Photography: Antonio Franco /
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  • Purple
Arts Club 31/3/15

The dreary weather has failed to drive the masses into the sheltered reaches of Arts Club. It seems like as good a night as any to gather in a loft and witness some live music, but, alas, support act PURPLE emerge to a tiny crowd.

The Texan three-piece have been taking audiences by storm with their unrelenting, breathless take on rock ‘n’ roll and, though the audience tonight may be lacking in size, the band are met with much enthusiasm. Hanna Brewer sits behind the kit and is a furious sphere of energy throughout. Her vocal delivery is like a rasping, demon-version of e B-52s’ Cindy Wilson after a rough night, adding a more interesting edge to what are at times fairly conventional rock songs. Single Thirteen is a short, raucous burst which encapsulates Purple fairly well: a combination of discordant, off-rhythm guitar and possessed drumming that threatens to fall apart at any moment but somehow doesn’t. For those looking to satisfy a cerebral urge for avant-garde pop music, Purple are not the band to see. But for those looking to have a fucking great house party, well, speak to their booking agent.



Given the small amount of recorded music that main band DEMOB HAPPY have available, either online or physically, it is perhaps surprising that they have embarked on a headline UK tour already. Indeed, it appears that they are touring on the back of a single, the newly released Succubus, and, though the crowd at the Arts Club has grown slightly as they walk on stage, word-of-mouth has clearly not been as effective as hoped for. However, after the manic intensity of the support, there is a definite hunger amongst those present for much of the same and that is pretty much what they get.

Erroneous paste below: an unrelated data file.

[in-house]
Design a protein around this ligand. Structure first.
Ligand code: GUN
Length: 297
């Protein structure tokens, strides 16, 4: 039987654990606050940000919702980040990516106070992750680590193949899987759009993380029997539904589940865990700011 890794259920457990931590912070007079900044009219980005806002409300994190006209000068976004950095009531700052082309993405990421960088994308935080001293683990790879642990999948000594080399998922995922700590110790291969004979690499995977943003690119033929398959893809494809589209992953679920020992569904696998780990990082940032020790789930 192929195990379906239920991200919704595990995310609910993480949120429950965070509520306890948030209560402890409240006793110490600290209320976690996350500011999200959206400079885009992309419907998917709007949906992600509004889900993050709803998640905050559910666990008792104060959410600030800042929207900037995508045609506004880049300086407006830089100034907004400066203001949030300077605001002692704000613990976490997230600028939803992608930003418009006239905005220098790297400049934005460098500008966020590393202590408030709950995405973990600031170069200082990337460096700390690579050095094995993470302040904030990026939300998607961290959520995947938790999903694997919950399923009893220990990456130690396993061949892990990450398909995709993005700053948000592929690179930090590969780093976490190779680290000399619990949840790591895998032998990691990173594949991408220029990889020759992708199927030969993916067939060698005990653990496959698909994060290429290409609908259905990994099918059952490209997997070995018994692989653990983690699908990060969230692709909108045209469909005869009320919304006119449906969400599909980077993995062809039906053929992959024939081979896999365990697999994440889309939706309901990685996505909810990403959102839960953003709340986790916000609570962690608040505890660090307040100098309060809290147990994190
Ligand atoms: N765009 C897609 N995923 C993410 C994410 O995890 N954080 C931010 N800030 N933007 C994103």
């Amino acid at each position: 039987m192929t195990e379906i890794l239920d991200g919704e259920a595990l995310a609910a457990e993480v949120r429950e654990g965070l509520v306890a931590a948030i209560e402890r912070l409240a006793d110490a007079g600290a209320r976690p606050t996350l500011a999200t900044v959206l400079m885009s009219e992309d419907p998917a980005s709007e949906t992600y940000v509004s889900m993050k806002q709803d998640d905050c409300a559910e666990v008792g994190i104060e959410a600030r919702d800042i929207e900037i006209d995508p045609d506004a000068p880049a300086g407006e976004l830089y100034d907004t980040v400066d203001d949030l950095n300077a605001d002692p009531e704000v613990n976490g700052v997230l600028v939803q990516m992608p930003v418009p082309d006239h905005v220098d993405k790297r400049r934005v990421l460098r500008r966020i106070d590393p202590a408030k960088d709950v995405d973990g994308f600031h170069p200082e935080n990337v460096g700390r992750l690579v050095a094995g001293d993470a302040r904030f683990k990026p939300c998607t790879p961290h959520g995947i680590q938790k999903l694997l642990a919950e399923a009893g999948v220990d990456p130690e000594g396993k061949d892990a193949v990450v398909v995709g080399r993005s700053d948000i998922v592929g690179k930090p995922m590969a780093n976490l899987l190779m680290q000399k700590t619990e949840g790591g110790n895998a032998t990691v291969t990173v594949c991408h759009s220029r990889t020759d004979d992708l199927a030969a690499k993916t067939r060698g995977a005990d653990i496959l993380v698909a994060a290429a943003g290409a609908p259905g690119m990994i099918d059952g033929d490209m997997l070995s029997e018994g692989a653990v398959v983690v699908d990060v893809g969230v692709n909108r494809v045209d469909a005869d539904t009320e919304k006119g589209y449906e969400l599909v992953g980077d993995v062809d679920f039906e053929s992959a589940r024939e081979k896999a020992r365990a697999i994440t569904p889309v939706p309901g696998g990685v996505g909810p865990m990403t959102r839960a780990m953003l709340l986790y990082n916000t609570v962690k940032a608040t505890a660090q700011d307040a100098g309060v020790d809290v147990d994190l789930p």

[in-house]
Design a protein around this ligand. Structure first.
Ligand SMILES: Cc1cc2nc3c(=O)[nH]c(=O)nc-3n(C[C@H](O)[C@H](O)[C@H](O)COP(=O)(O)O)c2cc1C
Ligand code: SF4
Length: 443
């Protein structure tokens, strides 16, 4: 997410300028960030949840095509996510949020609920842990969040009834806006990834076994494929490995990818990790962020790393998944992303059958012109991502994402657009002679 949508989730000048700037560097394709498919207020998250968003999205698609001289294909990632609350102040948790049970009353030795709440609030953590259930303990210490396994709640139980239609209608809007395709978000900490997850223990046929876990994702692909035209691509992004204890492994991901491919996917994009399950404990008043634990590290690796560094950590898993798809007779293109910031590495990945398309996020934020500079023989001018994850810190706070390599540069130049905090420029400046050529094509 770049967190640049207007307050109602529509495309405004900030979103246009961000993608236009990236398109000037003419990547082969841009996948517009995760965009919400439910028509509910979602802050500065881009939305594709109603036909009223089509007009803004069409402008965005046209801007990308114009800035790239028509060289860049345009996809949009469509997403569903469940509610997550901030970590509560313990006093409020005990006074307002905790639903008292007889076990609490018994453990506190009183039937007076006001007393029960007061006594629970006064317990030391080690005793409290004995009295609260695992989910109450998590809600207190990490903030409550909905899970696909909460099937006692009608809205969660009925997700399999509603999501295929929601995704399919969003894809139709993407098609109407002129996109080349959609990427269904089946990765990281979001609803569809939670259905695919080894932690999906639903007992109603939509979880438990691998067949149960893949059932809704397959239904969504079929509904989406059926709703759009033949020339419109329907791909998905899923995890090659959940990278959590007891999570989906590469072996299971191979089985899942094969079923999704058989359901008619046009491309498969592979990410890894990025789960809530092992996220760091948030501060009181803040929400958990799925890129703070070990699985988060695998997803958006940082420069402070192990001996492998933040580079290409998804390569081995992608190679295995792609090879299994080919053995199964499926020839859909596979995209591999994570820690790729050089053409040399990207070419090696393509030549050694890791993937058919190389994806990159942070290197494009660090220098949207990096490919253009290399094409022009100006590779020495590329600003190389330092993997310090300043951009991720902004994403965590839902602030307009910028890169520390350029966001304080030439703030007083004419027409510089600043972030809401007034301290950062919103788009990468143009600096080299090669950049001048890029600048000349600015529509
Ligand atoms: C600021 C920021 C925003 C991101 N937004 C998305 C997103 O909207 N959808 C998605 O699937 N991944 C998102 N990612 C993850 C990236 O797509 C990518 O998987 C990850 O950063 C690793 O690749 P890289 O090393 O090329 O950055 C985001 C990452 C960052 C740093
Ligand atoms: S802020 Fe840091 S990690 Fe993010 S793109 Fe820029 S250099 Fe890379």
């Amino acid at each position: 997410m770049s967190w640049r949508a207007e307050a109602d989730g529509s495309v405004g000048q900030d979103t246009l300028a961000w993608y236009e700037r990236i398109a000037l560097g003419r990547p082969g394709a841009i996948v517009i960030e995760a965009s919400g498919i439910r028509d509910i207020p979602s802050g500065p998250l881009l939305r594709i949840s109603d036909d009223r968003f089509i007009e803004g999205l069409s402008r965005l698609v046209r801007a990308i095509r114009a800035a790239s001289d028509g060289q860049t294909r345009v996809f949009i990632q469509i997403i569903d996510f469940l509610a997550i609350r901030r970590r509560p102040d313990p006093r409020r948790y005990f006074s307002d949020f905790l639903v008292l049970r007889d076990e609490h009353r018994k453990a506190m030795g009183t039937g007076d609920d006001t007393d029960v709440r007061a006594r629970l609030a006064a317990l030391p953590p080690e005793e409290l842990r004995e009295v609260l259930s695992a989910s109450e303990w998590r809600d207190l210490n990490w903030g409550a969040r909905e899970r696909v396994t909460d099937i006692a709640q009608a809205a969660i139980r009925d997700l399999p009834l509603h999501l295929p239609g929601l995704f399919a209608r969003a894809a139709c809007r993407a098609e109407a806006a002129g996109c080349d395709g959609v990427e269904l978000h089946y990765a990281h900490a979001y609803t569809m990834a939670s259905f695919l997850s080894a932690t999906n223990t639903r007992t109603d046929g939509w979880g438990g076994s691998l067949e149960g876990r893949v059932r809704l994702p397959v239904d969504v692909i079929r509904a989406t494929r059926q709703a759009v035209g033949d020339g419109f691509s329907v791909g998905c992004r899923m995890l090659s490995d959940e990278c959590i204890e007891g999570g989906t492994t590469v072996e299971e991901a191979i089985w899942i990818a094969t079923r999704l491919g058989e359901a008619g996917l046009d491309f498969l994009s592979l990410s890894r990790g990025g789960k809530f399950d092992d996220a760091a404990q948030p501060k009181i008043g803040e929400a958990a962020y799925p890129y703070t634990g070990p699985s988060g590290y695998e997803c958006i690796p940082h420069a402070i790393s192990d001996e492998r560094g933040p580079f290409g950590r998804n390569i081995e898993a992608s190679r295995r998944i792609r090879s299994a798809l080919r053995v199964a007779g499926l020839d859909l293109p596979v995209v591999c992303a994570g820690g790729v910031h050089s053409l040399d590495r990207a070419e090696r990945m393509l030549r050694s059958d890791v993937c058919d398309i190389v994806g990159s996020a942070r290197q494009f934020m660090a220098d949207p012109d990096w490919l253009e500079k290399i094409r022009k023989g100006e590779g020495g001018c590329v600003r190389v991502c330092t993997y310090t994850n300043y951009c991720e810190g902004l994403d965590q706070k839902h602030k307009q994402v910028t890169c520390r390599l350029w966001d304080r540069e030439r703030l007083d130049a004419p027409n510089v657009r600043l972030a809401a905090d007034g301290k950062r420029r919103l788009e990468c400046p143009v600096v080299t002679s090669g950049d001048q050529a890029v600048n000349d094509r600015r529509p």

Demob’s songs are cleverly constructed, fragmentary webs thinly disguised by abrasive guitar tones and a penchant for heavy choruses. Clearly influenced by 90s grunge and hardcore punk, their use of dynamics is surprising and interesting. Young And Numb is dissonantly anthemic at times and perhaps the most obviously Nirvana-inspired of the tracks on display tonight, whilst also baring some resemblance to more contemporary influences such as Ty Segall.

Comparisons aside they are an impressive and entertaining live act and, despite some issues with the sound in the venue (meaning the bass is almost completely lost for two songs), it has been a memorable performance. The performance certainly whets the appetite for something bigger from them in the future. Whether that be an album or just some more tracks up online remains to be seen. If this current crop of songs is anything to go by, we may be in for a treat.

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